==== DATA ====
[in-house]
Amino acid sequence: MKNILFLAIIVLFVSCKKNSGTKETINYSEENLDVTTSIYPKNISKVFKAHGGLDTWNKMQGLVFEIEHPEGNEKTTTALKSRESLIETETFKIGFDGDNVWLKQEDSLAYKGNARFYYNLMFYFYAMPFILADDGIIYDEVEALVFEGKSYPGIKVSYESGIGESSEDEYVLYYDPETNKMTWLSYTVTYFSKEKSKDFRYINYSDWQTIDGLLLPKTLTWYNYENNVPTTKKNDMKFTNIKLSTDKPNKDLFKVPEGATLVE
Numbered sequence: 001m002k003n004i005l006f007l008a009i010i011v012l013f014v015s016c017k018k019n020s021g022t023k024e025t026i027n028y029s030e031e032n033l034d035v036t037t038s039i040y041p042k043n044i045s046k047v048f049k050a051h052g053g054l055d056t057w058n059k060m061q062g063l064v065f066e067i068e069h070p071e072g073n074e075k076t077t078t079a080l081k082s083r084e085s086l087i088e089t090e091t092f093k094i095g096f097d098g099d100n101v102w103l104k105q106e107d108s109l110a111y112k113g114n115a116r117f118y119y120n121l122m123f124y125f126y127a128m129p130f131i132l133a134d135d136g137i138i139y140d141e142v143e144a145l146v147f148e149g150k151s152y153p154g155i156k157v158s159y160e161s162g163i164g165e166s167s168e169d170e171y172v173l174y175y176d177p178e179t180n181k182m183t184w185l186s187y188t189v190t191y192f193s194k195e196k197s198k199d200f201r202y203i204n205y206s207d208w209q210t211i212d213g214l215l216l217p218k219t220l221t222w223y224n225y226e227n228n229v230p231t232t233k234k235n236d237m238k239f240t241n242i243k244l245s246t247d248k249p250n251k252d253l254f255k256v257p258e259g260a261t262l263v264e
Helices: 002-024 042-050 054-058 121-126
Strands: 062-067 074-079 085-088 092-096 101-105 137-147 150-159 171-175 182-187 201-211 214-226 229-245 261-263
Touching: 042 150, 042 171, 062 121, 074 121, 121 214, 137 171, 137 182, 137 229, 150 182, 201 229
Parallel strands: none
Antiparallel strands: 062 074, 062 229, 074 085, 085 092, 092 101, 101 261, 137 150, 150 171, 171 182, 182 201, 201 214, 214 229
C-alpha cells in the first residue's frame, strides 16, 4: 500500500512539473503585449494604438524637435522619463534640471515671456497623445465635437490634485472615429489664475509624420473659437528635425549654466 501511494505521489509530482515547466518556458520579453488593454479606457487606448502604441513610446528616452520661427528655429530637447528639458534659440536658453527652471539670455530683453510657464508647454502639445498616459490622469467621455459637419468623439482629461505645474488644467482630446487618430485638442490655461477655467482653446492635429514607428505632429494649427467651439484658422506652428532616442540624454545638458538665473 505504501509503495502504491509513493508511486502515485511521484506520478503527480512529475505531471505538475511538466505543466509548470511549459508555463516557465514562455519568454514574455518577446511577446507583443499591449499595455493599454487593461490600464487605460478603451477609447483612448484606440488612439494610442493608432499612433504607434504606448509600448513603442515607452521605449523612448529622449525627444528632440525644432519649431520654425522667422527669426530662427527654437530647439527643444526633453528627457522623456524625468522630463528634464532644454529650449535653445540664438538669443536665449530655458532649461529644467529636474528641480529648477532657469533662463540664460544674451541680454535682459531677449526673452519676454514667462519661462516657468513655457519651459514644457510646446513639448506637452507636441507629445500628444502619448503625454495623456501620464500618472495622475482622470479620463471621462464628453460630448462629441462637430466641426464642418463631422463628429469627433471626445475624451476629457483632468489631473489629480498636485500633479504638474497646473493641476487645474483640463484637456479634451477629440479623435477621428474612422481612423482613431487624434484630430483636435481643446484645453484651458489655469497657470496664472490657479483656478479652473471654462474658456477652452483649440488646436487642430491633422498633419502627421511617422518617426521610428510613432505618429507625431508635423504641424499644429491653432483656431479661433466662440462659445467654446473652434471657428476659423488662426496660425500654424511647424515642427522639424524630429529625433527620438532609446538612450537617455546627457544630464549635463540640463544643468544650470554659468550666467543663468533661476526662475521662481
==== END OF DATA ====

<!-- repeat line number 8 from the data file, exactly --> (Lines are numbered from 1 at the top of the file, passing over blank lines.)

Antiparallel strands: 062 074, 062 229, 074 085, 085 092, 092 101, 101 261, 137 150, 150 171, 171 182, 182 201, 201 214, 214 229